The Beginning of the End of Obligatory Religious Ceremonial Formalities

"Faith is believing in what you know ain't so. If there was an all-powerful God, he would have made all good, and no bad. If there is a God, he's a malign thug." ~ Samuel Clemens (Author, Mark Twain).

I entered back into the good graces of Sunday school after completing my 8th grade at private, Catholic school. After begging my mother for two years to place me back into the public education system, she conceded, and - no longer in a religious environment - I was back to the mundane teachings of mere humans once a week. I guess this would have been when I was 14, in grade 9 at a junior high school that was located down the street from my house. In Nova Scotia, kids attend elementary school (grades 1-6), junior high (grades 7-9), and high school (grades 10-12). Once in high school, the obligation to attend religious teachings of any kind ends as you get confirmed into the Catholic church prior to completing grade 9. And presto! The Catholic church owns you....or something like that.

When Catholic children are in grade 2 they participate in something called their First Communion. This is a traditional ceremony where children experience their first confession, which is then followed by their first experience of taking the Catholic Sacrament of Holy Communion. For those of you unfamiliar with holy communion, it is the ceremonial process where a priest does something called transubstantiation. This very fancy word defines a process in which a priest turns ordinary bread and wine into the body and blood of Christ. In turn, Catholics then eat and drink the bread/body and wine/blood during mass. It's a big deal. When you are little, you attend Sunday school to prepare for this event, in part by coloring pictures (as mentioned before). However, when this big day arrives it is viewed as a rite of passage for children in their journey to becoming part of the Catholic church and faith. Little girls often dress up in gowns that look like miniature bridal dresses (with veils) and little boys often dress up in miniature suits (with ties).

As I type this out, I realize how odd this ceremony might sound to someone who is unfamiliar with Christian traditions and practices; however, in grade 2 this was all very exciting. In reality, it was really all that I knew and, because it caused me no harm and because my friends were all taking part in the same things as me, it just made sense. I went to church every Sunday without thinking about it. I went to Catechism classes every Tuesday evening without thinking about those either. It wasn't until I got older that I started to question things and my 14th year was noteworthy in terms of my attempts to critically analyze what I was learning about the Catholic faith. I chose to play out this critical analysis in catechism class, along with my best friend at the time.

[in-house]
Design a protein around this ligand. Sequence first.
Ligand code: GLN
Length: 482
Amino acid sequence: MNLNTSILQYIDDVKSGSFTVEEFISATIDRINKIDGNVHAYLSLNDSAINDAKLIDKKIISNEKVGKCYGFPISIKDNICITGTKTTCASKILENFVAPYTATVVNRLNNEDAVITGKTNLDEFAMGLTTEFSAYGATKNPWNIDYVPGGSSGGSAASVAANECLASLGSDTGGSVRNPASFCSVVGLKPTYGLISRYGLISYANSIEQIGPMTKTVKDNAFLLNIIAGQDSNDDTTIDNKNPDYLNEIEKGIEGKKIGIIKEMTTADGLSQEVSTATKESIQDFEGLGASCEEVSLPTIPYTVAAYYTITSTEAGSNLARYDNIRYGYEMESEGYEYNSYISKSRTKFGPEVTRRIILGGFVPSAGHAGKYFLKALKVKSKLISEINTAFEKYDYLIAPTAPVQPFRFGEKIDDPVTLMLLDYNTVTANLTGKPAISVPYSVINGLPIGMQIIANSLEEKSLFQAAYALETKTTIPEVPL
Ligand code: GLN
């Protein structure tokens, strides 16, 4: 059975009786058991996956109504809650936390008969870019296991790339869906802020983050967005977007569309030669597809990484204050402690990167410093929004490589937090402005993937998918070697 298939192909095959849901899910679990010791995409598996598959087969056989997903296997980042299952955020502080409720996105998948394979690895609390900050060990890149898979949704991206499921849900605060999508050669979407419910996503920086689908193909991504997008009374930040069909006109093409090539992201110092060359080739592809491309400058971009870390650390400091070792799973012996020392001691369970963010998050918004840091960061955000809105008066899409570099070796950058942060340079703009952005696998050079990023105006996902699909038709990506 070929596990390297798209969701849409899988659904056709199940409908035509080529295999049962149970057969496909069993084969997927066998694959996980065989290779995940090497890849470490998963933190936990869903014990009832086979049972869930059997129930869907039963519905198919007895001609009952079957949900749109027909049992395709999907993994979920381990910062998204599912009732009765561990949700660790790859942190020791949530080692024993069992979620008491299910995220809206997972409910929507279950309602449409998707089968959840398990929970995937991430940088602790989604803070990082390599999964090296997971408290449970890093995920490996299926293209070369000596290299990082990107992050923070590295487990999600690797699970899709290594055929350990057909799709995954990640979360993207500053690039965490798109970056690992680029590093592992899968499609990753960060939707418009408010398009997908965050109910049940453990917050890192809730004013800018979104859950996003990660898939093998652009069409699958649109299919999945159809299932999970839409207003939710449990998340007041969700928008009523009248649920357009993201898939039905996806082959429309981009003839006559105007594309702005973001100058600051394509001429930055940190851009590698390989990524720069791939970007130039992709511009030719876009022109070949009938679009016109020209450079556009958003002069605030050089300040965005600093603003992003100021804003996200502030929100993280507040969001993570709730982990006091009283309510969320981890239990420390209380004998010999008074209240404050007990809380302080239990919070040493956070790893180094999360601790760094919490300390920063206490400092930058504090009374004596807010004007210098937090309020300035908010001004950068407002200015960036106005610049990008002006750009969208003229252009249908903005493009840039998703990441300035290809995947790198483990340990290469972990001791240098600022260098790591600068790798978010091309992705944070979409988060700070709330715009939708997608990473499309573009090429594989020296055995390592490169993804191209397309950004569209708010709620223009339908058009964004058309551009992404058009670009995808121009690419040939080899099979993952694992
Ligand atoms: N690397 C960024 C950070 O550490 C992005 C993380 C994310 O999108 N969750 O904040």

We had been best friends since kindergarten where I distinctly remember us playing together in the sandbox. I also clearly remember crying my eyes out every time he wasn't there, which - when we were older - he loved to tease me about. The first time we got into trouble together, we were about eight or nine. I was spending time at his house and my mother came to pick me up and instead of getting ready to leave - as instructed - we took the opportunity to take off on my friend's bike (complete with an awesome yellow banana seat) so that I could stay longer. After calling out to us for over an hour, my mother eventually surrendered to the fact that we were not coming back anytime soon and sat to have tea with the other frustrated mother. If you recall, one of my earlier posts mentions something called foreshadowing - this would be another example. We were great friends who were not the best of influences on one another. My mother was always scared that I would grow up and marry him someday, which - in her opinion - could produce nothing but a possible jail sentence for both of us. In the event that we had ever gone to jail (which we did not), I'm quite certain that we would have found a way to escape together. Our friendship was built on thoughts of escaping that developed late in the night as we lay on cool asphalt under glowing street lights. We understood each other with a depth that still exists today, in our 33rd year, despite the fact that we have not laid eyes upon each other in many years. We were little shits. I am quite sure our catechism teachers thought the same in that grade 9 year.

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